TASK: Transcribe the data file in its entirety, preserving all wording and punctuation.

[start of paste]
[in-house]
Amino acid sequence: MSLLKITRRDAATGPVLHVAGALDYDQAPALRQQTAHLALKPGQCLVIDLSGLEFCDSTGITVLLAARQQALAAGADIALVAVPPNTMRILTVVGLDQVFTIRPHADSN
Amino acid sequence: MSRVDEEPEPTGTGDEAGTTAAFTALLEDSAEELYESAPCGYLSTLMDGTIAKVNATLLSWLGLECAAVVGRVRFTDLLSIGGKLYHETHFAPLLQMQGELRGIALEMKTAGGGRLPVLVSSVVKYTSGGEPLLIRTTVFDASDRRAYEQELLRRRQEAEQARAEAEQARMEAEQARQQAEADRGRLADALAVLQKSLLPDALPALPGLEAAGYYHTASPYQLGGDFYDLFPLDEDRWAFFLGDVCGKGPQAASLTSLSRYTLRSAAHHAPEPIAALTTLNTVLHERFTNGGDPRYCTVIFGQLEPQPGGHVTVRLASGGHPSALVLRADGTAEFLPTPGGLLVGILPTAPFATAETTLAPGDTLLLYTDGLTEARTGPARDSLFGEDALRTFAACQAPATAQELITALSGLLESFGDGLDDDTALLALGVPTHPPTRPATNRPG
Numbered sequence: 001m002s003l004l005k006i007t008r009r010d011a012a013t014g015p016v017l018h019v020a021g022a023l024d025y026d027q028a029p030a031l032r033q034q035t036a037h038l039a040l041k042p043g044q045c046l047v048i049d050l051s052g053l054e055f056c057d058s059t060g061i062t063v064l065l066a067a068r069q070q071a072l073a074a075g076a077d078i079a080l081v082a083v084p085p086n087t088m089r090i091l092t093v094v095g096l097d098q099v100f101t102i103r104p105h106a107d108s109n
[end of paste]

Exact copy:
[in-house]
Amino acid sequence: MSLLKITRRDAATGPVLHVAGALDYDQAPALRQQTAHLALKPGQCLVIDLSGLEFCDSTGITVLLAARQQALAAGADIALVAVPPNTMRILTVVGLDQVFTIRPHADSN
Amino acid sequence: MSRVDEEPEPTGTGDEAGTTAAFTALLEDSAEELYESAPCGYLSTLMDGTIAKVNATLLSWLGLECAAVVGRVRFTDLLSIGGKLYHETHFAPLLQMQGELRGIALEMKTAGGGRLPVLVSSVVKYTSGGEPLLIRTTVFDASDRRAYEQELLRRRQEAEQARAEAEQARMEAEQARQQAEADRGRLADALAVLQKSLLPDALPALPGLEAAGYYHTASPYQLGGDFYDLFPLDEDRWAFFLGDVCGKGPQAASLTSLSRYTLRSAAHHAPEPIAALTTLNTVLHERFTNGGDPRYCTVIFGQLEPQPGGHVTVRLASGGHPSALVLRADGTAEFLPTPGGLLVGILPTAPFATAETTLAPGDTLLLYTDGLTEARTGPARDSLFGEDALRTFAACQAPATAQELITALSGLLESFGDGLDDDTALLALGVPTHPPTRPATNRPG
Numbered sequence: 001m002s003l004l005k006i007t008r009r010d011a012a013t014g015p016v017l018h019v020a021g022a023l024d025y026d027q028a029p030a031l032r033q034q035t036a037h038l039a040l041k042p043g044q045c046l047v048i049d050l051s052g053l054e055f056c057d058s059t060g061i062t063v064l065l066a067a068r069q070q071a072l073a074a075g076a077d078i079a080l081v082a083v084p085p086n087t088m089r090i091l092t093v094v095g096l097d098q099v100f101t102i103r104p105h106a107d108s109n